These findings held across Democrats and Republicans, but non-Californians were not surveyed. Even if the findings are nationally representative, however, not only did 5 percent of the respondents have a damaging stereotype of Mexican immigrants, but 17, 18, or 19 percent (depending on whether the respondents were assigned Juan, Johan, or Yuan, respectively) were opposed to illegal immigration under any circumstances, regardless of the employment history or language skills of the immigrants. This might suggest undifferentiated xenophobia rather than xenophobia targeted at Mexicans alone. Another possibility, though, is opposition to the sheer illegality of undocumented immigrants. Nearly 100 percent of Republicans checked off the “respect American political institutions and laws” option as defining someone as “truly American.”
Nationalism, Not Xenophobia
However, a Morning Consult/Politico survey shows 33 percent of the respondents opposed to legal immigration—nearly double the 17-19 percent who, in Levy and Wright’s study, opposed illegal immigration.
In explaining opposition to legal immigration, the Hainmueller and Hopkins study suggests that we should consider the perceived effects of immigration on the economic or other interests of current American citizens. This seems to be what Hainmueller and Hopkins’s respondents did when they chose to allow highly educated professionals into the country rather than poorly educated laborers. Rather than opposing immigration because of a dislike of immigrants in general, or a dislike of immigrants from a particular country, Americans may oppose immigration out of a desire to serve or defend the interests of their fellow Americans (defined not as those of European descent, but those who qualify as American citizens already).
I will call this “nationalist” opposition to immigration, as opposed to “xenophobic” opposition. By nationalism, I mean political favoritism toward one’s fellow citizens based on nothing but shared citizenship with them.
The decisive question, for a nationalist, is whether immigrants will or will not cause harm to current American citizens. Those nationalists who think immigration will harm current American citizens would tend to oppose it, while those who think it will help Americans, or will not hurt them, would tend to support it.
For example, an August 2016 Pew survey showed that while only 15 percent of Clinton supporters agreed that undocumented immigrants mostly fill jobs that U.S. citizens would like to have, 35 percent of Trump supporters agreed. Similarly, while only 13 percent of Clinton supporters agreed that undocumented immigrants are likely to commit serious crimes, 50 percent of Trump supporters agreed. Trump supporters, like the opponents of immigration in the Hainmueller and Hopkins study, seem to be worried that immigrants will harm the respondents’ fellow Americans.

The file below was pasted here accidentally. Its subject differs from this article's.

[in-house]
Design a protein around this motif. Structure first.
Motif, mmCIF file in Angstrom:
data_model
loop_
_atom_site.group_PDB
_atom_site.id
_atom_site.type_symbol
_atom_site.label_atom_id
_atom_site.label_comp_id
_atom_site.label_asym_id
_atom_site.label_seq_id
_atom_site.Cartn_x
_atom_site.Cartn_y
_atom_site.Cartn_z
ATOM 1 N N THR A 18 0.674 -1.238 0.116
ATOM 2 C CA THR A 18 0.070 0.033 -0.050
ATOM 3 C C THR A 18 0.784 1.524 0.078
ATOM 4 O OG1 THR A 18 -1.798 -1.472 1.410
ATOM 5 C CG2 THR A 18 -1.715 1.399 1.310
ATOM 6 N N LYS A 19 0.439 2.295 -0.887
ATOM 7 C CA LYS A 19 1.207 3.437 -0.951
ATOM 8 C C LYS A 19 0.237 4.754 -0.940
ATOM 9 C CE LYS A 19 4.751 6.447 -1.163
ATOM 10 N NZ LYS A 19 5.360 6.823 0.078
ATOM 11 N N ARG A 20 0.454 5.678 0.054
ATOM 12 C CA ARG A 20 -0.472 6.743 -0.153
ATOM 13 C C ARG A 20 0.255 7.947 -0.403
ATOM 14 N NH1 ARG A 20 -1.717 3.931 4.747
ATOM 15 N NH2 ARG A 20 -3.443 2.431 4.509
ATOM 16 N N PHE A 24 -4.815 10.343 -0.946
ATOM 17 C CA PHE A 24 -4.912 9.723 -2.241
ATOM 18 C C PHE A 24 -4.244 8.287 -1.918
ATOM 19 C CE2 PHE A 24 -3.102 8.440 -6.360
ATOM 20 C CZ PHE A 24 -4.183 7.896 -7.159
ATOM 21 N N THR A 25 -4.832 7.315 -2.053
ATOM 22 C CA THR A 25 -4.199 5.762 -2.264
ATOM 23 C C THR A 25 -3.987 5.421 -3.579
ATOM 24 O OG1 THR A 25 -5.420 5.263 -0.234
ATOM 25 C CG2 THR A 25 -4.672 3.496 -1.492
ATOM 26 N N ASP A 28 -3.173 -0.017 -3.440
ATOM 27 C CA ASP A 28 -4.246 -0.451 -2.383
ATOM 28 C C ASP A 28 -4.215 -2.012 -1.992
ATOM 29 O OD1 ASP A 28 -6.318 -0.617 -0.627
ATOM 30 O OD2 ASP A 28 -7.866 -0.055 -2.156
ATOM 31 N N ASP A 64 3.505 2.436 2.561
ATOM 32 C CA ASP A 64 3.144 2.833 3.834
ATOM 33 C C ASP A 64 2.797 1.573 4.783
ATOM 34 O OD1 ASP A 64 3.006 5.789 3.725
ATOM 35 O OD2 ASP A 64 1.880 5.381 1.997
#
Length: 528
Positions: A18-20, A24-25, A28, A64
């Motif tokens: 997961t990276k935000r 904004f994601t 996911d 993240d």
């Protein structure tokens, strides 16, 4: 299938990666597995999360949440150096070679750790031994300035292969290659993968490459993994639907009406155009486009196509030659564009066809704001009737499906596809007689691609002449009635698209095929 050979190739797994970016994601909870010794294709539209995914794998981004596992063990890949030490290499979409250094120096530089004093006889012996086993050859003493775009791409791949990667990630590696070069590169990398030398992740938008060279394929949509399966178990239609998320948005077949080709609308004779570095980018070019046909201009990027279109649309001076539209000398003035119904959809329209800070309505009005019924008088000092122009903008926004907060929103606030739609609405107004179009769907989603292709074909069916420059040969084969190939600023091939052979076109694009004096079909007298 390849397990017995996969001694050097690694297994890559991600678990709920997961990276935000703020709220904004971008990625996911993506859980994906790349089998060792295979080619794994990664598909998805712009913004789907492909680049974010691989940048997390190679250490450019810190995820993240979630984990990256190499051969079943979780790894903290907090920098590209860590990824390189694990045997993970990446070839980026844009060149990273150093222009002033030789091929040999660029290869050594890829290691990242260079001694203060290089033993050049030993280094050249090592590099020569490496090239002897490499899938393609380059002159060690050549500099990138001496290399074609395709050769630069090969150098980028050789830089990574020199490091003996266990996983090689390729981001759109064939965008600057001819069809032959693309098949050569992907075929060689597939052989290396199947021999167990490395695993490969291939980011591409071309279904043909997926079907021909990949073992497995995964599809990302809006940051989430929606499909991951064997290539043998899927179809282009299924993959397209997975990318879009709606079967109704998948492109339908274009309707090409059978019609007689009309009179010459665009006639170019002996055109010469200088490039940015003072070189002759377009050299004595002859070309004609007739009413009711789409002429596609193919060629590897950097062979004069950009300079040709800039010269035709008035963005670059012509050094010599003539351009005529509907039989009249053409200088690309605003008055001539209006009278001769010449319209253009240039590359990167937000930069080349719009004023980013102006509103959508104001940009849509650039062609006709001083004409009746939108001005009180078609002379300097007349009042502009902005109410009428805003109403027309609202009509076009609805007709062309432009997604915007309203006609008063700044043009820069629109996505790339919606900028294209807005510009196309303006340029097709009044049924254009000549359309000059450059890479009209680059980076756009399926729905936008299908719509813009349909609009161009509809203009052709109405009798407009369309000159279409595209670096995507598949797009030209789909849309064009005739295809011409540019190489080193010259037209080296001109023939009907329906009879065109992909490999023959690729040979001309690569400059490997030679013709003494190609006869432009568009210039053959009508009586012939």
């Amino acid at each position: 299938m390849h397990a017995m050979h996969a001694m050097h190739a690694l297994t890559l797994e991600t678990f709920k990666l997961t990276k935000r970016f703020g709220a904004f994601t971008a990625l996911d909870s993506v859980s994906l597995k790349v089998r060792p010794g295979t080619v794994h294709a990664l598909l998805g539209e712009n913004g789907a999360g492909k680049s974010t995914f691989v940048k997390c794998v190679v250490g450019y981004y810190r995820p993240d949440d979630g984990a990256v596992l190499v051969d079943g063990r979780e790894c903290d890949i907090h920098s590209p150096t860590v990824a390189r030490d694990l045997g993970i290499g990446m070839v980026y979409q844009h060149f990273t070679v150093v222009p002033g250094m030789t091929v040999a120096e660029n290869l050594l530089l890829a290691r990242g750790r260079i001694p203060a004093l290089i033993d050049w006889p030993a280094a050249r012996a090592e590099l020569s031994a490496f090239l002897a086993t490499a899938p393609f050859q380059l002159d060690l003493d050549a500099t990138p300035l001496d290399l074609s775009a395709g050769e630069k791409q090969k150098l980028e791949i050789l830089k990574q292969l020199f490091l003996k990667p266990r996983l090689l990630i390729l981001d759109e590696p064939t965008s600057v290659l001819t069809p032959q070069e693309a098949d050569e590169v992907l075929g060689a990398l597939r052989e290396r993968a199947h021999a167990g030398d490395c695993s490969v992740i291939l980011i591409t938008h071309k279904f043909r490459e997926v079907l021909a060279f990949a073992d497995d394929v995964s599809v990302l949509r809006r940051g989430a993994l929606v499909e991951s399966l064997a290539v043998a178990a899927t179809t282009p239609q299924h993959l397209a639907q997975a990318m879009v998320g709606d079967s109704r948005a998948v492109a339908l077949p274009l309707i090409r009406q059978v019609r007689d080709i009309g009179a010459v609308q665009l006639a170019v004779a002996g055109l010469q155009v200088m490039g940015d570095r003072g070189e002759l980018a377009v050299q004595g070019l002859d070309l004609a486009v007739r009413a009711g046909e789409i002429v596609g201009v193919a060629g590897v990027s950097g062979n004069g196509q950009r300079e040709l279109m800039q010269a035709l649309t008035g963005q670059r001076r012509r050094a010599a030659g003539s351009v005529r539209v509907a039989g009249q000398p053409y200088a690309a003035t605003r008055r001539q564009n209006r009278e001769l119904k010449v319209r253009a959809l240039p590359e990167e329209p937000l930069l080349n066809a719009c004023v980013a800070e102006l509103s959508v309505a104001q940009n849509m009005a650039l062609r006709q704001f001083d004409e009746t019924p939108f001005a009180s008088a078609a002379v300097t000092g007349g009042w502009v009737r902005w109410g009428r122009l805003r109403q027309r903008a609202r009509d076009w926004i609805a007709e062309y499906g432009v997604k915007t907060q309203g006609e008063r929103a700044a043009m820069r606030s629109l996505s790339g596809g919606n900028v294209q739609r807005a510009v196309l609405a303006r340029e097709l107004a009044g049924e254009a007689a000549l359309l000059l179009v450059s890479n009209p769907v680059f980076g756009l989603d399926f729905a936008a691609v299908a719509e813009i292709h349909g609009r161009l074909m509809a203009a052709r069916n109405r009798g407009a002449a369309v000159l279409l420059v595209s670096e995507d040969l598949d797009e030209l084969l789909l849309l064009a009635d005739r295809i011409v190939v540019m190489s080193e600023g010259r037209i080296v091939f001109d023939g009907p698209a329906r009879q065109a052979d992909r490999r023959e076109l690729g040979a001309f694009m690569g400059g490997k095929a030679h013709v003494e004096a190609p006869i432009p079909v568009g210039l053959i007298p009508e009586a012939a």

Along these lines, Karthick Ramakrishnan, Kevin Esterling, and Michael Neblo find through experimental manipulation that American citizens tend to think of both immigrants and illegal immigrants as impoverished, and that both legal and illegal immigrants tend to be seen as “hurting the economy by driving down wages or increasing unemployment.” In conjunction with the Levy and Wright and Hainmueller and Hopkins studies, this suggests that the main division over immigration is based on citizens’ differing judgments about the effects immigrants will have on the social and economic well-being of current American citizens.
To summarize: the Levy and Wright study suggests that opposition to illegal immigration is not based on country of origin but the effects of illegals on Americans (although it may also be based on opposition to illegality). In turn, the Hainmueller and Hopkins and Ramakrishnan, Esterling, and Neblo studies suggest that opposition to legal immigration is also based on perceptions about the effects of immigrants on the well-being of respondents’ fellow Americans. Thus, opposition to immigration seems to be based primarily on nationalism, not xenophobia.
The Ubiquity of Nationalism
Nationalism, however, is just as irrational as xenophobia. One’s physical residence vis-à-vis a line on a map has no bearing on one’s humanity. If xenophobia is antipathy toward others whom one has never met based on their living outside the borders of one’s country, nationalism is sympathy toward others whom one has never met based on their living inside those borders. To the nationalist, people within these arbitrary geographical boundaries deserve to have their interests protected by the national state—even at the expense of the interests of those outside those boundaries. Press a nationalist to justify this distinction and one is likely to be met with puzzlement.
The irrationality of nationalism is nearly invisible, however, because nationalism itself is so much a part of our cultural background that it’s hard to notice. We are raised watching news that is primarily about “our” country; we learn “its” history in school; even our weather maps show only the weather in the United States, stopping at the borders. It therefore comes to seem natural or commonsensical that “our” government should serve “our” people. In reality, though, these ubiquitous sentiments are anything but natural or commonsensical. They have to be pounded into people’s heads. State control of education seems to have been particularly important to the development of nationalism almost everywhere.